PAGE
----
With less than two months to go before an election in
Pemberton, it’s beginning to look like a vote on expansion.
The Village of Pemberton has undergone a period of massive
change under the current council, which includes two members who have confirmed
their candidacy in the upcoming election.
Incumbent Mayor Jordan Sturdy has committed to running for a
second term and he has a challenger in Councilor David MacKenzie, who also
serves as chairman of Tourism Pemberton.
Together they have overseen events and developments such as the
arrival of the Pemberton Festival, arguably the biggest event in the town’s
history, which brought 40,000 people to Pemberton.
Though they have overseen this period together, the race for
mayor has nevertheless set two priorities against one another — Sturdy
feels it’s important to revisit the community’s identity in his next term,
while MacKenzie has made it a priority to increase the village’s population.
They aren’t, however, the only ones who’ve committed to
Pemberton resident Ted Craddock, who previously served on the
councils of Squamish and Fort Nelson when he lived in those communities,
intends to seek election in November, but he has not yet decided whether to run
for mayor or council.
“I’m considering my options right now,” he said in an interview
. “I’m basically looking to
see if the community is looking for somebody new on council or mayor, and if
I’ve got support for either position.”
Craddock moved to Pemberton four years ago when his wife took a
position as principal of Signal Hill Elementary School. For his own part, he’s
a retired real estate developer who spent two terms on the school board in Fort
Nelson, one term on its council and one term as a regional district director.
He also spent five years on Squamish council.
“I think we had a number of issues that are similar to what’s
come up in Pemberton,” he said. “We have some land use requirements, building
of the industrial park…. We want to make sure that our downtown core grows and
looks like a new age area, but still keep in mind that we’re a nice, easygoing
community where you can walk to all communities.”
If elected, he feels it’s time to revisit Pemberton’s Official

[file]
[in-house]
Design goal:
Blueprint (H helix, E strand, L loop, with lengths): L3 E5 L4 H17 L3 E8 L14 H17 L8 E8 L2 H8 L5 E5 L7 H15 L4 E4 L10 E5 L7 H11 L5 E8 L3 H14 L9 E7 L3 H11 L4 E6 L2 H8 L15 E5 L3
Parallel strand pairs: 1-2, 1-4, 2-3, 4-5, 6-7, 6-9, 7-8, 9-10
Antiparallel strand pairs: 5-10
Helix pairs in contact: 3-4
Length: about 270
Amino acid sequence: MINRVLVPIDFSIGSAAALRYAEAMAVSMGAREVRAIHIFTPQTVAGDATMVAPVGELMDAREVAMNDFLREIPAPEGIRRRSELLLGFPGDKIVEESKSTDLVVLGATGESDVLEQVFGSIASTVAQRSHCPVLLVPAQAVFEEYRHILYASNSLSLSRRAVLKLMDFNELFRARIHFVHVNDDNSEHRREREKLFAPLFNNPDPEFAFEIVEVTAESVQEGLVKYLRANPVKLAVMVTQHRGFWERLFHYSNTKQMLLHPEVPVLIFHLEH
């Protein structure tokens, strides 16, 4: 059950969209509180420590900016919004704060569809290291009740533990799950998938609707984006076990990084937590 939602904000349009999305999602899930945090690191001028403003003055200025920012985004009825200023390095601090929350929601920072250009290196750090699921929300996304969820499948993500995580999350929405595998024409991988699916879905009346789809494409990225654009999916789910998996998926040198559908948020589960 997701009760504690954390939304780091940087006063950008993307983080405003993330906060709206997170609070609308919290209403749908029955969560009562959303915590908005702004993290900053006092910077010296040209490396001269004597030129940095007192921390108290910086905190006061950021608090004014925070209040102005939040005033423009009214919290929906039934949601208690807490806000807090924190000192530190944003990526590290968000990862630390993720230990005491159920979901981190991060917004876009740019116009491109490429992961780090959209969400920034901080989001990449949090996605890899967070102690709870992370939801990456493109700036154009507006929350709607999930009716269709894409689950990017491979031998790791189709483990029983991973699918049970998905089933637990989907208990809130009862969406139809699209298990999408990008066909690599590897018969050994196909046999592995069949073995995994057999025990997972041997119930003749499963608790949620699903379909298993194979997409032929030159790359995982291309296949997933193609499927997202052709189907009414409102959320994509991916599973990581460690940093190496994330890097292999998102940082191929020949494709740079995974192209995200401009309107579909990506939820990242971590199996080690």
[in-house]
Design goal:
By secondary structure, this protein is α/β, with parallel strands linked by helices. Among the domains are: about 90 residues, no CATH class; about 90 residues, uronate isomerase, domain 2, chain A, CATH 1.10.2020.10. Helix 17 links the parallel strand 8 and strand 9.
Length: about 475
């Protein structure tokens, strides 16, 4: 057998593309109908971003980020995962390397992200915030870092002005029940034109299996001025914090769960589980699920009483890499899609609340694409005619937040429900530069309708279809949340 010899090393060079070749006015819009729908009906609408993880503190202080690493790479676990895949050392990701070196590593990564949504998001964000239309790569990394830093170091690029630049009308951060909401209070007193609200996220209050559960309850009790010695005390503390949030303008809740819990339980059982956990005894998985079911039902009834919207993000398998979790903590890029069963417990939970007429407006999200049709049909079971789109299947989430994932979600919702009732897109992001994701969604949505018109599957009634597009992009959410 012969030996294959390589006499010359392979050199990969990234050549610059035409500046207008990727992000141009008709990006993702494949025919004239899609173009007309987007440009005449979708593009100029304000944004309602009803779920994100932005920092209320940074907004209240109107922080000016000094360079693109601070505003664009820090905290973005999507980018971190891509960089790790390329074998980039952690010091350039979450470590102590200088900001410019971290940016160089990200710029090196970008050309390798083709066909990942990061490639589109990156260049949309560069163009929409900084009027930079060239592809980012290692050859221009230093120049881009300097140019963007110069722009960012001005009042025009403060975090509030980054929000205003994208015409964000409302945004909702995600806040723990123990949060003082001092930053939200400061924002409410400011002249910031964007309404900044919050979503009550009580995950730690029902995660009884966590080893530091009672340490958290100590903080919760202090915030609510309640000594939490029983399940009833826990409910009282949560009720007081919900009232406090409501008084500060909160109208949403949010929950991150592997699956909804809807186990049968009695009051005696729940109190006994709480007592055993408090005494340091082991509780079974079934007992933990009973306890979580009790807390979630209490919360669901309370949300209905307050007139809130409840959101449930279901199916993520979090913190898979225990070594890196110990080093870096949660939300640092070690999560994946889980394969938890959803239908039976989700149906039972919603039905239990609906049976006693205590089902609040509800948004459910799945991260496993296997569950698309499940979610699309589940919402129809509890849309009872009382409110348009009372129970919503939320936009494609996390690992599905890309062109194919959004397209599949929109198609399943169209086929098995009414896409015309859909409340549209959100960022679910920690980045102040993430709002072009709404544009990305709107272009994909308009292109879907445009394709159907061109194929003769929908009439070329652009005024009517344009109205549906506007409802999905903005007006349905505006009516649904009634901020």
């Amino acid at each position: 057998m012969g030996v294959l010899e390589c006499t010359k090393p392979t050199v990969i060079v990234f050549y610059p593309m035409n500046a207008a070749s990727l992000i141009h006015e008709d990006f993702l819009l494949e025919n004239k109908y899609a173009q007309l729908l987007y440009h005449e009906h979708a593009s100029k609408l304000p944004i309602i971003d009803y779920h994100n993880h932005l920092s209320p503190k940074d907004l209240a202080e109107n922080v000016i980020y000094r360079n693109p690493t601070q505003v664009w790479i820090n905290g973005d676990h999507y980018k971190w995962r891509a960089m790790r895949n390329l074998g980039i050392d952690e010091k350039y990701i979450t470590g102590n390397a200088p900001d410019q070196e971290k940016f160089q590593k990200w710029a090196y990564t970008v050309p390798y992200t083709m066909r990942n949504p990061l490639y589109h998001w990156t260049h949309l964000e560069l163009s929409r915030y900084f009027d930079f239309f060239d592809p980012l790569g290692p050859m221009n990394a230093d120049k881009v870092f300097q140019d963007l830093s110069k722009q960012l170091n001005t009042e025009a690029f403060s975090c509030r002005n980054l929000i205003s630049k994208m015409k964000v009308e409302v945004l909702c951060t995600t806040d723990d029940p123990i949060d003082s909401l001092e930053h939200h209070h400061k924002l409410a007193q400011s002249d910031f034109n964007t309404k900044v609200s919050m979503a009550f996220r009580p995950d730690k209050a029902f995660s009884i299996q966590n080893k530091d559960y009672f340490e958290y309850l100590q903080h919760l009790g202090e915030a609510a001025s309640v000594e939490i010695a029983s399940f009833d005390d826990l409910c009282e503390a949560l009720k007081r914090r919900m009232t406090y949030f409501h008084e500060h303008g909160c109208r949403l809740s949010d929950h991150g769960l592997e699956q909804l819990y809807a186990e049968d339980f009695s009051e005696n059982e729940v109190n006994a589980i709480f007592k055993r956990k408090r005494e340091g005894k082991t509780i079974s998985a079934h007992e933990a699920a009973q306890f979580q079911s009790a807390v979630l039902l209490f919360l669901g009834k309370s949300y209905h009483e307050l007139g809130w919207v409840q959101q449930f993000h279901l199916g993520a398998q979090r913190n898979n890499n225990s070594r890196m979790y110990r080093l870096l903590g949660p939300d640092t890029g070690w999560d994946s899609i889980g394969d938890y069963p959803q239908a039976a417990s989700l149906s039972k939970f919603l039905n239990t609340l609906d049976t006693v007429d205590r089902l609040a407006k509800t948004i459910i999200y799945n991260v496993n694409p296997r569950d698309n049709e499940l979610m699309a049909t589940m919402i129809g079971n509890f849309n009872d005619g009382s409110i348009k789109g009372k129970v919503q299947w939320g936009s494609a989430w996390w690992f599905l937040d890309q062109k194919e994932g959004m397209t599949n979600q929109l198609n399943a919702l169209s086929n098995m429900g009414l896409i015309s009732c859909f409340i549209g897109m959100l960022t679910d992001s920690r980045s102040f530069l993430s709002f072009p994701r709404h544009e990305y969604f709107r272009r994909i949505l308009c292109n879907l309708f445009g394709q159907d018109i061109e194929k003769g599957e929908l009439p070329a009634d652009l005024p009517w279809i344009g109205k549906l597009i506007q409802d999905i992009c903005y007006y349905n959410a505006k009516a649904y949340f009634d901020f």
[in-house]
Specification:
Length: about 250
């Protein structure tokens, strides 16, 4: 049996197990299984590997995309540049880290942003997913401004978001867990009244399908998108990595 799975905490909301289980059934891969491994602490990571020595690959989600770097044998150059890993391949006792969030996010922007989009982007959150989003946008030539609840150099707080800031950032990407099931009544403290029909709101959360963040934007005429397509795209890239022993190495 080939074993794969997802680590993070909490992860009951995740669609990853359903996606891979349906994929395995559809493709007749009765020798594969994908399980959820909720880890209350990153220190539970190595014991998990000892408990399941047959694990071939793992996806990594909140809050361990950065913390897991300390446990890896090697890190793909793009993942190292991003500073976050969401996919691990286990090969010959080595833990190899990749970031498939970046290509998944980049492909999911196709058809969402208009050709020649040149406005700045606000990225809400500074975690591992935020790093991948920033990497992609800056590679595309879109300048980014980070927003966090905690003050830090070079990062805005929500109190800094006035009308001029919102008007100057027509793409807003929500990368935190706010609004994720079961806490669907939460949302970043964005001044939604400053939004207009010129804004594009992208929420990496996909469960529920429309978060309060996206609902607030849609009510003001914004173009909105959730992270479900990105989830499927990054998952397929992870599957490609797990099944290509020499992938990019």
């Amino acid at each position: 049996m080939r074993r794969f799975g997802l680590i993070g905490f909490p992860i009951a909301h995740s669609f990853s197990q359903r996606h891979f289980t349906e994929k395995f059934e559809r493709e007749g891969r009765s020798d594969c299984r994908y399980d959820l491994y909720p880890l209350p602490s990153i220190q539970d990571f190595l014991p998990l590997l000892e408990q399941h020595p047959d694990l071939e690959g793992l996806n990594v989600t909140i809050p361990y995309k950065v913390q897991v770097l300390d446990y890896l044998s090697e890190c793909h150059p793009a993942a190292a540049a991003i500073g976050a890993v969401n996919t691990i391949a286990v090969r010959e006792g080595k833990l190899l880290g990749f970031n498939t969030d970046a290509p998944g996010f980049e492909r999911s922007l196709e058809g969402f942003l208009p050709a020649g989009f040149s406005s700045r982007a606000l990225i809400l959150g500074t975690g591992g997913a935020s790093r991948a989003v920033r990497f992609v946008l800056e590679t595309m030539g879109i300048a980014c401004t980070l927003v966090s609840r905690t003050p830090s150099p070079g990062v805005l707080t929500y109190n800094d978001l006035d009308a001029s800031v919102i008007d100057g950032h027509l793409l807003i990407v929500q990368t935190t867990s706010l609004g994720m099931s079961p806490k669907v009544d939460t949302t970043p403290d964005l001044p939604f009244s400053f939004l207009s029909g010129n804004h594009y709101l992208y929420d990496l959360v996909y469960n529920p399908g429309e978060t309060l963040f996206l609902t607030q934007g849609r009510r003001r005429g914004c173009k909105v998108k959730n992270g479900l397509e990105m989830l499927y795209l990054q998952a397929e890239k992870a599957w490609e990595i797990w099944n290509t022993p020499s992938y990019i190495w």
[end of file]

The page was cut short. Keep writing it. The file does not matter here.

”I really believe that people in the community need to get together in public
meetings and set a clear picture of what they want to see the community develop
into,” Craddock said.
Beyond these three, there is not a clear picture of who will be
seeking election in November. Councillor Jennie Helmer has confirmed she will
not seek re-election, while two-term Councilor Mark Blundell has deferred his
decision to a later date.
Dave Walden, currently the representative for Pemberton and
chairman on the Howe Sound Board of Education, confirmed in an interview that
he will be running again.
The nomination period officially runs from Sept. 30
Oct. 10 at 4 p.m.
All candidates, mayor or otherwise, will be running at the same
time as a referendum that will decide an important part of Pemberton’s future.
For months, the Village of Pemberton has been looking into a
proposal to expand its boundaries. The current proposal could see the VOP
incorporate 20 new areas that lie within Electoral Area C of the
Squamish-Lillooet Regional District. They include the Rutherford Creek Power
Plant along Highway 99; residential properties located along Airport Road
between Highway 99 and the Pemberton Airport; and the Pemberton Creek
watershed, an area the VOP is considering for a new power plant.
It’s estimated that the boundary expansion could bring around
$200,000 in yearly tax revenue to a “tax poor” community.
Some, however, have criticized the boundary expansion, saying
that the process is being moved along too fast.
Pemberton resident Dave Hobson, for example, said in a letter
to council that the Sub-Regional Planning Study made flawed predictions when it
said Pemberton will swell to 11,700 inhabitants in 2026.
He said those projections are a “stab in the dark” and based on
a time when there was little progress in creating employee-restricted housing
The boundary expansion proposal will go to a vote on Nov. 15, the same day as the civic elections.